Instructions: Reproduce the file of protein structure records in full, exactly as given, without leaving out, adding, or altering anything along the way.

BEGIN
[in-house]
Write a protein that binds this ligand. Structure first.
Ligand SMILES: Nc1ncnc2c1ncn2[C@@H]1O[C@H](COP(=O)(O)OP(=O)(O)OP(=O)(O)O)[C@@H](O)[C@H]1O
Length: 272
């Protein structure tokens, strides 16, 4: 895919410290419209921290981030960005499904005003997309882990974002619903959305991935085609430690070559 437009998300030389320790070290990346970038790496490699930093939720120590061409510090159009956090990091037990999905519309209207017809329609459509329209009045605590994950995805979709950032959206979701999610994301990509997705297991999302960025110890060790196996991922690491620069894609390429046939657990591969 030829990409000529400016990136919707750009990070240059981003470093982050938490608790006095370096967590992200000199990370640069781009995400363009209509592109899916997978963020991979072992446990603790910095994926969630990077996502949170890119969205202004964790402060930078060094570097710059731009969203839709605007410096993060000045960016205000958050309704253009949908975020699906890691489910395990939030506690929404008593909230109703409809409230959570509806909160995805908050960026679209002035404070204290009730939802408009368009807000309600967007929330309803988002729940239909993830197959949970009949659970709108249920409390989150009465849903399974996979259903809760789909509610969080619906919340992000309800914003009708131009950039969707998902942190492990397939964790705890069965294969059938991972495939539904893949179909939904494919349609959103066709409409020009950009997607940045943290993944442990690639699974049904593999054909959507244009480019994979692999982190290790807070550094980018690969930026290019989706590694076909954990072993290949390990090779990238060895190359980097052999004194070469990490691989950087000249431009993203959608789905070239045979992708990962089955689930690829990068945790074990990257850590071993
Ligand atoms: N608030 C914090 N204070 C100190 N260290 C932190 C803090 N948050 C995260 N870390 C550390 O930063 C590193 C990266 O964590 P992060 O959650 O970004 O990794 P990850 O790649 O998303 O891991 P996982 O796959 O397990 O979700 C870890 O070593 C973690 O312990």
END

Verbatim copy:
[in-house]
Write a protein that binds this ligand. Structure first.
Ligand SMILES: Nc1ncnc2c1ncn2[C@@H]1O[C@H](COP(=O)(O)OP(=O)(O)OP(=O)(O)O)[C@@H](O)[C@H]1O
Length: 272
């Protein structure tokens, strides 16, 4: 895919410290419209921290981030960005499904005003997309882990974002619903959305991935085609430690070559 437009998300030389320790070290990346970038790496490699930093939720120590061409510090159009956090990091037990999905519309209207017809329609459509329209009045605590994950995805979709950032959206979701999610994301990509997705297991999302960025110890060790196996991922690491620069894609390429046939657990591969 030829990409000529400016990136919707750009990070240059981003470093982050938490608790006095370096967590992200000199990370640069781009995400363009209509592109899916997978963020991979072992446990603790910095994926969630990077996502949170890119969205202004964790402060930078060094570097710059731009969203839709605007410096993060000045960016205000958050309704253009949908975020699906890691489910395990939030506690929404008593909230109703409809409230959570509806909160995805908050960026679209002035404070204290009730939802408009368009807000309600967007929330309803988002729940239909993830197959949970009949659970709108249920409390989150009465849903399974996979259903809760789909509610969080619906919340992000309800914003009708131009950039969707998902942190492990397939964790705890069965294969059938991972495939539904893949179909939904494919349609959103066709409409020009950009997607940045943290993944442990690639699974049904593999054909959507244009480019994979692999982190290790807070550094980018690969930026290019989706590694076909954990072993290949390990090779990238060895190359980097052999004194070469990490691989950087000249431009993203959608789905070239045979992708990962089955689930690829990068945790074990990257850590071993
Ligand atoms: N608030 C914090 N204070 C100190 N260290 C932190 C803090 N948050 C995260 N870390 C550390 O930063 C590193 C990266 O964590 P992060 O959650 O970004 O990794 P990850 O790649 O998303 O891991 P996982 O796959 O397990 O979700 C870890 O070593 C973690 O312990």